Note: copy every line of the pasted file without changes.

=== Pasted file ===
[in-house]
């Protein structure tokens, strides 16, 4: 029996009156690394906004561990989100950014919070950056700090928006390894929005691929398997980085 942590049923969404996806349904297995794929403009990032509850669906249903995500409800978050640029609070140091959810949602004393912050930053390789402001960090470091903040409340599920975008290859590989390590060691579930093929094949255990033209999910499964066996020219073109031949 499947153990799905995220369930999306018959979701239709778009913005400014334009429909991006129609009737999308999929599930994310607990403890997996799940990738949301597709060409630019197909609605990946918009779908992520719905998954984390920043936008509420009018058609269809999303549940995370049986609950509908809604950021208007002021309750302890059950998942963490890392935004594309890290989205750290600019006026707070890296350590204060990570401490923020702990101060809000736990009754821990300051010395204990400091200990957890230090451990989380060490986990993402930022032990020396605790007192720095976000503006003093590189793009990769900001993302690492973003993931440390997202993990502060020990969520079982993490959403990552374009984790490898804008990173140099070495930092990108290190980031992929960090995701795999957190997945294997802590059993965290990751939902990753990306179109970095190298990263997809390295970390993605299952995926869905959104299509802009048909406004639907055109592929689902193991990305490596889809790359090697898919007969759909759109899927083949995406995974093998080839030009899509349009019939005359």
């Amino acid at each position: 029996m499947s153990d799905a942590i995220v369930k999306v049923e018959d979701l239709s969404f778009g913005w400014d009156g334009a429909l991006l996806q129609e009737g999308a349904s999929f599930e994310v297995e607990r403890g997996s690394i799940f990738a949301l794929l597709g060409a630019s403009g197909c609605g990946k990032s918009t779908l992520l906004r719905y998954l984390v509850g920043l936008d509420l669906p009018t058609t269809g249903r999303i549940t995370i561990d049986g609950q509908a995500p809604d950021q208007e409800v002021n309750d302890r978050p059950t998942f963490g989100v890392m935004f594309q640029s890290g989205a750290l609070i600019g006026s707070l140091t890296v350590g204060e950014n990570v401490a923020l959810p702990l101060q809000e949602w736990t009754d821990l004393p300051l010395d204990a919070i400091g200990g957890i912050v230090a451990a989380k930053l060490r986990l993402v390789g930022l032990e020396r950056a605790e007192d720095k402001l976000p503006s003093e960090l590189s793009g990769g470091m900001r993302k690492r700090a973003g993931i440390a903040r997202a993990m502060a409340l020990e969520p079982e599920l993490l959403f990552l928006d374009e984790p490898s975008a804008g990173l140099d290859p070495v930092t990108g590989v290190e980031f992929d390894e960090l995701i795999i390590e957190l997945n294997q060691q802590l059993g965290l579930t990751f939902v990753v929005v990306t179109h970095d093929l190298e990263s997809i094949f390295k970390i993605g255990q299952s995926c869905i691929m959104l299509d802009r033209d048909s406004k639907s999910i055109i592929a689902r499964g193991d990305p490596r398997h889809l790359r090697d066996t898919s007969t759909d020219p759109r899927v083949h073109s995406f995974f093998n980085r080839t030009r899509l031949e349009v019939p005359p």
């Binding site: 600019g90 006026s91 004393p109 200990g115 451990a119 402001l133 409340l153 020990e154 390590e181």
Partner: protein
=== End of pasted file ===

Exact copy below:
[in-house]
């Protein structure tokens, strides 16, 4: 029996009156690394906004561990989100950014919070950056700090928006390894929005691929398997980085 942590049923969404996806349904297995794929403009990032509850669906249903995500409800978050640029609070140091959810949602004393912050930053390789402001960090470091903040409340599920975008290859590989390590060691579930093929094949255990033209999910499964066996020219073109031949 499947153990799905995220369930999306018959979701239709778009913005400014334009429909991006129609009737999308999929599930994310607990403890997996799940990738949301597709060409630019197909609605990946918009779908992520719905998954984390920043936008509420009018058609269809999303549940995370049986609950509908809604950021208007002021309750302890059950998942963490890392935004594309890290989205750290600019006026707070890296350590204060990570401490923020702990101060809000736990009754821990300051010395204990400091200990957890230090451990989380060490986990993402930022032990020396605790007192720095976000503006003093590189793009990769900001993302690492973003993931440390997202993990502060020990969520079982993490959403990552374009984790490898804008990173140099070495930092990108290190980031992929960090995701795999957190997945294997802590059993965290990751939902990753990306179109970095190298990263997809390295970390993605299952995926869905959104299509802009048909406004639907055109592929689902193991990305490596889809790359090697898919007969759909759109899927083949995406995974093998080839030009899509349009019939005359």
């Amino acid at each position: 029996m499947s153990d799905a942590i995220v369930k999306v049923e018959d979701l239709s969404f778009g913005w400014d009156g334009a429909l991006l996806q129609e009737g999308a349904s999929f599930e994310v297995e607990r403890g997996s690394i799940f990738a949301l794929l597709g060409a630019s403009g197909c609605g990946k990032s918009t779908l992520l906004r719905y998954l984390v509850g920043l936008d509420l669906p009018t058609t269809g249903r999303i549940t995370i561990d049986g609950q509908a995500p809604d950021q208007e409800v002021n309750d302890r978050p059950t998942f963490g989100v890392m935004f594309q640029s890290g989205a750290l609070i600019g006026s707070l140091t890296v350590g204060e950014n990570v401490a923020l959810p702990l101060q809000e949602w736990t009754d821990l004393p300051l010395d204990a919070i400091g200990g957890i912050v230090a451990a989380k930053l060490r986990l993402v390789g930022l032990e020396r950056a605790e007192d720095k402001l976000p503006s003093e960090l590189s793009g990769g470091m900001r993302k690492r700090a973003g993931i440390a903040r997202a993990m502060a409340l020990e969520p079982e599920l993490l959403f990552l928006d374009e984790p490898s975008a804008g990173l140099d290859p070495v930092t990108g590989v290190e980031f992929d390894e960090l995701i795999i390590e957190l997945n294997q060691q802590l059993g965290l579930t990751f939902v990753v929005v990306t179109h970095d093929l190298e990263s997809i094949f390295k970390i993605g255990q299952s995926c869905i691929m959104l299509d802009r033209d048909s406004k639907s999910i055109i592929a689902r499964g193991d990305p490596r398997h889809l790359r090697d066996t898919s007969t759909d020219p759109r899927v083949h073109s995406f995974f093998n980085r080839t030009r899509l031949e349009v019939p005359p």
């Binding site: 600019g90 006026s91 004393p109 200990g115 451990a119 402001l133 409340l153 020990e154 390590e181």
Partner: protein